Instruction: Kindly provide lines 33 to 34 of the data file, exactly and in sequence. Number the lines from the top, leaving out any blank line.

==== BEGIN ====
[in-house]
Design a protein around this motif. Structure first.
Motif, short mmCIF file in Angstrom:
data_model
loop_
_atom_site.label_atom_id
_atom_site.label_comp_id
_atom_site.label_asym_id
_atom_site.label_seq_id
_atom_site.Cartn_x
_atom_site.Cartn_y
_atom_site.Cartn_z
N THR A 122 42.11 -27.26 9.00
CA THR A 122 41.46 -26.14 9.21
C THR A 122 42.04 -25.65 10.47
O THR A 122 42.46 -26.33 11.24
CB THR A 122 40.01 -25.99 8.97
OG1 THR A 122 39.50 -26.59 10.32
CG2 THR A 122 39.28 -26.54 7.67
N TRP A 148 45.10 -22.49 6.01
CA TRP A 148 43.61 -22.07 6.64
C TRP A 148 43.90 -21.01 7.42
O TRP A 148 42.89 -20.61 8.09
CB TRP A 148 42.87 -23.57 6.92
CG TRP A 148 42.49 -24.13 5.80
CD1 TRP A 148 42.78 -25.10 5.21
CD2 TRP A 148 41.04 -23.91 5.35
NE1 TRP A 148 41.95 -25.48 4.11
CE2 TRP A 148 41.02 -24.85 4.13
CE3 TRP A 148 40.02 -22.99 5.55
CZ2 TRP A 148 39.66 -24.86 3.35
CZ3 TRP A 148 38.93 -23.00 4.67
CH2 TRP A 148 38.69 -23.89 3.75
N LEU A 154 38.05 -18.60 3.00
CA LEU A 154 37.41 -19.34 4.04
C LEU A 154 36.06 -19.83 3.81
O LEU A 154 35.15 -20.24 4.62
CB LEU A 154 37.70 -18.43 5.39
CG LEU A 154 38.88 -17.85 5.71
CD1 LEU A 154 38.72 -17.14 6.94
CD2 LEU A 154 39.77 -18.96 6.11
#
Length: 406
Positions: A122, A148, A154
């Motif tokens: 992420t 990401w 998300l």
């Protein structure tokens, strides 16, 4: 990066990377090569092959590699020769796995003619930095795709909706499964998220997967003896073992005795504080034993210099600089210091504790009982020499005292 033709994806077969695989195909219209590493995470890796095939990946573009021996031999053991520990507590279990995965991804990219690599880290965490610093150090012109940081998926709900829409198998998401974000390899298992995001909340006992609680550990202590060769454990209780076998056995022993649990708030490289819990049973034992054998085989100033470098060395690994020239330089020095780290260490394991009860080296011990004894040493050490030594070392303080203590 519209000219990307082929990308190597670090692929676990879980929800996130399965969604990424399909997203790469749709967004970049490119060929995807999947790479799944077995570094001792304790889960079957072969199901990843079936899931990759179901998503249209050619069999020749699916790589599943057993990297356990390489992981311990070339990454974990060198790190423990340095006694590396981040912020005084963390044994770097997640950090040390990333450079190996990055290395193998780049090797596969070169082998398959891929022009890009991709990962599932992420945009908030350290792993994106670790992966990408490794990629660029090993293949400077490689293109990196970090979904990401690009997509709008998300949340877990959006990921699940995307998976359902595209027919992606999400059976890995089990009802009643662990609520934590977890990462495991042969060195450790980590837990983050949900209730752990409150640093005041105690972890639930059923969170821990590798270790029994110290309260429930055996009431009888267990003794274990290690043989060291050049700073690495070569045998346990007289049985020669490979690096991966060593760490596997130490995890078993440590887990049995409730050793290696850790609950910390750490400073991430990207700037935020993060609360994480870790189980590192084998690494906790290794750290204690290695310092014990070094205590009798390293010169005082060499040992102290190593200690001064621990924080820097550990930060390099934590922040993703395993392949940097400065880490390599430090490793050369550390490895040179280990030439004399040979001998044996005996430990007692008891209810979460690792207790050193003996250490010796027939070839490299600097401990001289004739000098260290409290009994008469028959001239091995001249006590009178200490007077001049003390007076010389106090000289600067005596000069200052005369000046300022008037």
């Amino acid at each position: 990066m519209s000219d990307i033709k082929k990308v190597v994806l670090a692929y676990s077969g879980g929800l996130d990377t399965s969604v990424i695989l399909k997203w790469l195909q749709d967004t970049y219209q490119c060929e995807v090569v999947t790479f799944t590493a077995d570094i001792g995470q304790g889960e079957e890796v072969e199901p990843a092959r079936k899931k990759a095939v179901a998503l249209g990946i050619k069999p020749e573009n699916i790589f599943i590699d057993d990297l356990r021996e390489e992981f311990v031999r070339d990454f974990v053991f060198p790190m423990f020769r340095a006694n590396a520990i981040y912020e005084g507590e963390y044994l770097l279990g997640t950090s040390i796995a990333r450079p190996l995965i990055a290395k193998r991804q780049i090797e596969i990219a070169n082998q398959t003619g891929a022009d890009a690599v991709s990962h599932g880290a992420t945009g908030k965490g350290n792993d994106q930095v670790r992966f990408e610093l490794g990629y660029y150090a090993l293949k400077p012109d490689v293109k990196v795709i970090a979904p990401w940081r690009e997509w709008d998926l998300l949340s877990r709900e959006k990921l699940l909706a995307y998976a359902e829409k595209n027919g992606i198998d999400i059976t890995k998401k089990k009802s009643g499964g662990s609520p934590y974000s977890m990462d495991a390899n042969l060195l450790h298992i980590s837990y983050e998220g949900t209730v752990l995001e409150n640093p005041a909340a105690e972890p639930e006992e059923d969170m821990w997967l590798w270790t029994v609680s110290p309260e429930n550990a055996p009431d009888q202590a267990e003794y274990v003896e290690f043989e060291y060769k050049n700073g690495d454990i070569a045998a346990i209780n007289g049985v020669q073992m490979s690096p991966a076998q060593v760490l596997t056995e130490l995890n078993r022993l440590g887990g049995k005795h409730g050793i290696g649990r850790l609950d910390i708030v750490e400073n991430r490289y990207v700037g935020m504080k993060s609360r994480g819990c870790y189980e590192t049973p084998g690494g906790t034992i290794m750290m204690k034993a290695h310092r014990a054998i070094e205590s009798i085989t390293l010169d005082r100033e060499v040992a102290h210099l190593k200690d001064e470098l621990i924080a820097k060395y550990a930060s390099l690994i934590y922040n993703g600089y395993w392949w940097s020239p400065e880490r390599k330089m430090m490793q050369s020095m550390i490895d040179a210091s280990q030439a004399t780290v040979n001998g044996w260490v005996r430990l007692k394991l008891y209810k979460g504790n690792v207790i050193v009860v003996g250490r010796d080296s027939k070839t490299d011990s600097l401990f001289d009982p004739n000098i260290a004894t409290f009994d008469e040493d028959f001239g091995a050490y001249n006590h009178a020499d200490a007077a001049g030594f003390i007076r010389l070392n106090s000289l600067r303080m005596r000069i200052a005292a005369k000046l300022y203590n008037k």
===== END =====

CH2 TRP A 148 38.69 -23.89 3.75
N LEU A 154 38.05 -18.60 3.00